Bram Sable-Smith

Reporter, KBIA

Bram Sable-Smith is a reporter with Side Effects and lead reporter on the KBIA Health & Wealth Desk. A native Missourian, he’s documented mbira musicians in Zimbabwe, mining protests in Chile, and a lobstering union in Maine. His reporting from Ferguson, Missouri was honored by the Missouri Broadcasters Association and won a national Edward R. Murrow Award. Bram cut his radio chops at the Salt Institute for Documentary Studies in Portland, Maine.

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Seth Herald/for NPR

Charlie Oen's battle with addiction started when he was 16 and his family moved to Lima, Ohio. It was the last stop in a string of moves his military family made — from Panama to North Carolina, Kentucky, Texas and Germany.


Bram Sable-Smith / KBIA/Side Effects Public Media

Every morning Pat Wilson walks down the hall from her office in the Julia Goldstein Early Childhood Education Center through the gym and into a part of the building not typically associated with a school nurse: the kitchen.

There, she checks a list—posted on the side of the stainless steel refrigerator—of all the students in the school with a food allergy.

“It’s constantly being updated,” Wilson says.

For the first time in her life, 26-year-old freelance designer Susannah Lohr had to shop for health insurance this year.

She called up a major insurer in the St. Louis area where she lives and they offered her a plan with a hefty $6,000 deductible—that’s the amount she’d have to cover herself before the insurance kicks in.


Bram Sable-Smith / KBIA/Side Effects Public Media

Deana Kilpatrick smoked crack for the first time when she was 13 years old. “From there,” she says, “I really just spiraled down hill.”

For the next 30 years, drugs and alcohol were part of her life. Then last November, at the age of 43, she moved to Branson, Missouri looking for a new start. It was going pretty well until loneliness drove her to relapse a few months ago. She got a fourth DWI and faced up to four years in jail.

Every year, the US Census Bureau and the Centers for Disease Control and Prevention administer the National Health Interview Survey to help track the health of the various demographic groups that make up the county's population. But it wasn’t until 2013 that the survey included questions about sexual orientation.

One finding that emerged was that lesbian and bisexual women are more likely to be obese than their heterosexual counterparts. Jane McElroy, associate professor of Family and Community Medicine at the University of Missouri-Columbia, is the first to publish research on interventions to specifically address the issue. Her study was published in the current issue of Women’s Health Issues, and she came by the KBIA studios to discuss her findings.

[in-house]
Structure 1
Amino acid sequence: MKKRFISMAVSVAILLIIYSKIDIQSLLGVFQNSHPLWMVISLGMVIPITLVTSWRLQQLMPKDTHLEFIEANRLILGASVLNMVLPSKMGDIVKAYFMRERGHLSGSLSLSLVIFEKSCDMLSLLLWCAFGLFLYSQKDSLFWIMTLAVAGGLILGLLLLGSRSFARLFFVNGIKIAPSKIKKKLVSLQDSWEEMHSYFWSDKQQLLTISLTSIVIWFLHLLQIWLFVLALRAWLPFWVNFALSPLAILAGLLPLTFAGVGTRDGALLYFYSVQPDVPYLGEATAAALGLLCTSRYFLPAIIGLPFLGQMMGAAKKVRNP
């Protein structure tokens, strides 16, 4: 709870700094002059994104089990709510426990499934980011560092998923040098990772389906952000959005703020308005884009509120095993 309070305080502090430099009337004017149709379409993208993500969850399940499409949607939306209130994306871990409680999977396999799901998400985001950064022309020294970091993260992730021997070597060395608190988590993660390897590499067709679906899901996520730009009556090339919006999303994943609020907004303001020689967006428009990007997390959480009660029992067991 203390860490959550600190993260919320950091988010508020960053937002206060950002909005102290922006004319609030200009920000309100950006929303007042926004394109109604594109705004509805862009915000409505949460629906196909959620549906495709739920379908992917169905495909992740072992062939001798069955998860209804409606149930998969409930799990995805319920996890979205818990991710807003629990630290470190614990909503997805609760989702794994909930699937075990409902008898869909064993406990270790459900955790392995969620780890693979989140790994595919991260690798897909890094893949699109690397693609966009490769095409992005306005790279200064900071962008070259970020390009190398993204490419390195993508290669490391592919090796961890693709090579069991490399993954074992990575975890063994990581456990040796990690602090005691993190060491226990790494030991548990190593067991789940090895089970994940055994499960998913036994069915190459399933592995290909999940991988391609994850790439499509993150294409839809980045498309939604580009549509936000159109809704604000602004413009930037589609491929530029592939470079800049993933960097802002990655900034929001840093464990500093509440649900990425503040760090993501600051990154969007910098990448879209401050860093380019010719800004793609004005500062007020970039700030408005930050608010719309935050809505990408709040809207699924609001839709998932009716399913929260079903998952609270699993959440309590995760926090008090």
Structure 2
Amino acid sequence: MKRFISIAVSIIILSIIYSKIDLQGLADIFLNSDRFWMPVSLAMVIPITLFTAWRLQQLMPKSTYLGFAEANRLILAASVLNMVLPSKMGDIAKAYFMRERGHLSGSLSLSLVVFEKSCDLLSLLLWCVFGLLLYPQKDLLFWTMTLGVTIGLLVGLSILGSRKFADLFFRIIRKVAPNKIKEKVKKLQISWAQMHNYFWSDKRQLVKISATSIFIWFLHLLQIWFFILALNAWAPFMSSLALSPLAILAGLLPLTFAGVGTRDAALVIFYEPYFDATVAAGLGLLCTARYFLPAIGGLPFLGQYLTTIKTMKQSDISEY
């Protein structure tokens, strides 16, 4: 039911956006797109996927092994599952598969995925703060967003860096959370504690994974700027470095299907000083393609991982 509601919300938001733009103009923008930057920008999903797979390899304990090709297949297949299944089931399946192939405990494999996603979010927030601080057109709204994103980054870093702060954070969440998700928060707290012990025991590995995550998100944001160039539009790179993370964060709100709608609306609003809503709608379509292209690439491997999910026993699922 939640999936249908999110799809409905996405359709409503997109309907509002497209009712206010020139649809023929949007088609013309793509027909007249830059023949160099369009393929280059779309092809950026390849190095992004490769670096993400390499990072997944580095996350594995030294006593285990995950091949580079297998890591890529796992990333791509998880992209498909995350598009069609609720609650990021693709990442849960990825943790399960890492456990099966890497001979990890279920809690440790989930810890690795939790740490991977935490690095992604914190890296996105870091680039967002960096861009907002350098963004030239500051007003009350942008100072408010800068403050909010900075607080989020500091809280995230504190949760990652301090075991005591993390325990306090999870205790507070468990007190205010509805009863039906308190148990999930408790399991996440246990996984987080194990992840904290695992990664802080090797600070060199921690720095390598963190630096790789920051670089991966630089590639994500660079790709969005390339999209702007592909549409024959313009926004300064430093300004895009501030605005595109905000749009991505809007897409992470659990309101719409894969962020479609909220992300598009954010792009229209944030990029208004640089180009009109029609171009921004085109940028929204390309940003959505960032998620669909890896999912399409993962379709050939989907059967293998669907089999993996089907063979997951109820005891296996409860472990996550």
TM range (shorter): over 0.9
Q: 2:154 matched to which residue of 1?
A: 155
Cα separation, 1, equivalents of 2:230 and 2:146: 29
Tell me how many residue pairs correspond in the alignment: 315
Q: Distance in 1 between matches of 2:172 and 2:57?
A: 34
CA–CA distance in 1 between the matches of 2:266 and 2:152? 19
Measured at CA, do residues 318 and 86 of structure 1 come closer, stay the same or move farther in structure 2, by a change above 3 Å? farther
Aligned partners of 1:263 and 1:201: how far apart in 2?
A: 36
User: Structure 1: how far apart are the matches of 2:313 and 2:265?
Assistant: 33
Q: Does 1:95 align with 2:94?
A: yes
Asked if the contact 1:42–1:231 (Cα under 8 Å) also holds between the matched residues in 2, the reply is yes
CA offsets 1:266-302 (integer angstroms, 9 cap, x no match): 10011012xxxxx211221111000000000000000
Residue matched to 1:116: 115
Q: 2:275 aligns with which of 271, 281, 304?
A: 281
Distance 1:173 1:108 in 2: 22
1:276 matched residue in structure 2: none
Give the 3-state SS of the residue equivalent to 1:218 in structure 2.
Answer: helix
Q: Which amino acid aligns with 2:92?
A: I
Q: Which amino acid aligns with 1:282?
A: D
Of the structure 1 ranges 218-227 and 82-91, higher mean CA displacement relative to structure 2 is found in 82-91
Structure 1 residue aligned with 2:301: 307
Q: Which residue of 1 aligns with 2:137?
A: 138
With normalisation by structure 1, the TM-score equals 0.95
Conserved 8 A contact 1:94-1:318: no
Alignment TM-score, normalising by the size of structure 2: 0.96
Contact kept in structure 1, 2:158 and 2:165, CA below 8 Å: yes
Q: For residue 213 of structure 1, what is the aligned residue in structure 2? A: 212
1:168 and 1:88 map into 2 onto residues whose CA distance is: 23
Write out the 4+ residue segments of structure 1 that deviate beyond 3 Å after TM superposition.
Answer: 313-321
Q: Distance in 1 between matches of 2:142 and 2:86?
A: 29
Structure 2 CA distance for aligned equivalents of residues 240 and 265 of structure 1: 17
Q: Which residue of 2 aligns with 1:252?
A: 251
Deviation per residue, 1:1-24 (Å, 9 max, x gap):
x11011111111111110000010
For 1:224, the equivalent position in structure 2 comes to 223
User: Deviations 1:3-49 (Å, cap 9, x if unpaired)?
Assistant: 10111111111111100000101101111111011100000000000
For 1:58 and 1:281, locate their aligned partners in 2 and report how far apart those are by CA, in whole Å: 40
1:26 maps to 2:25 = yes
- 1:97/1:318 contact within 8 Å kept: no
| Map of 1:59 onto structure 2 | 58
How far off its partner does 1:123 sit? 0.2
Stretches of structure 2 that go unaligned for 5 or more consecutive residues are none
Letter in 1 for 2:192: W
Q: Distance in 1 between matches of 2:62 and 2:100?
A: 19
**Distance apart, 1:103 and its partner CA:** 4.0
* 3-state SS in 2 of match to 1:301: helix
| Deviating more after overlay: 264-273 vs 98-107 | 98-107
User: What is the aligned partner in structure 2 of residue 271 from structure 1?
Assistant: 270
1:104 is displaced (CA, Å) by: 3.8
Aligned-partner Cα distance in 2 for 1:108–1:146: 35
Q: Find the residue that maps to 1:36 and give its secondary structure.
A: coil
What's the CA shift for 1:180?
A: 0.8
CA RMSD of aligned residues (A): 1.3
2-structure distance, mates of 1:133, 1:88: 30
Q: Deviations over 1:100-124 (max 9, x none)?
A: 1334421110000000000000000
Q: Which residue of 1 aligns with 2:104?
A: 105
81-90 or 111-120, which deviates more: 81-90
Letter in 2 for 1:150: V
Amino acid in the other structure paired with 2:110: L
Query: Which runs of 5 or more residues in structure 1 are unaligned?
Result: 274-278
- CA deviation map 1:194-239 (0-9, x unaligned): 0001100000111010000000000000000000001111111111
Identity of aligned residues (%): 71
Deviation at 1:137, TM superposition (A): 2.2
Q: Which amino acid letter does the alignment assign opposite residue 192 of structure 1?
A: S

...j e r e m y... / flickr

On a rainy Tuesday morning in May, social worker Meghan Bragers drove up to Ferguson, Mo. to visit a 23-year-old expectant mother named Marie Anderson.

Anderson, who was 33 weeks pregnant at the time, was having a particularly difficult pregnancy.

“She’s been in a car accident, her car has been totaled, she’s having back issues, she’s having increased depressive symptoms,” Bragers said en route to the visit. “Things have gotten pretty difficult.”

Difficult, or as Anderson herself called it, “a tornado.”


Bram Sable-Smith / KBIA/Side Effects Public Media

Earlier this year, 69-year-old Aneita McCloskey needed her two front teeth filed down and capped.

“They were kind of worn down and they were also getting little tears and cavities,” she recalls.

Without dental insurance, McCloskey is on the hook for the full $2,400 cost of the procedure. She was given 18 months to pay it before she gets charged interest. That’ll be hard to do on her fixed income.

In years past she would have had to wait to see the dentist again until she could afford it.

Audio Pending...

One year ago, while reporting on infant mortality rates in Kennett, Missouri, I met a 27-year-old expectant mother named Marylouisa Cantu. She was pregnant with her seventh child.

Her sixth child, a daughter named Alyssa, was born two years earlier and had spent two weeks in a neonatal intensive care unit due to complications from premature birth.


Bram Sable-Smith / KBIA/Side Effects Public Media

At Richard Logan’s pharmacy in Charleston, Missouri, prescription opioid painkillers are locked away in a cabinet. Missouri law requires pharmacies to keep schedule II controlled substances—drugs like oxycodone and fentanyl with a high addiction potential—locked up at all times.

Logan doesn’t stop at what the law requires.


The rise in opioid drug abuse and gun violence have led to recent calls to overhaul the nation’s mental health care system. But a law passed by the U.S. Congress in 2014 is already driving a big new experiment in mental health care.  

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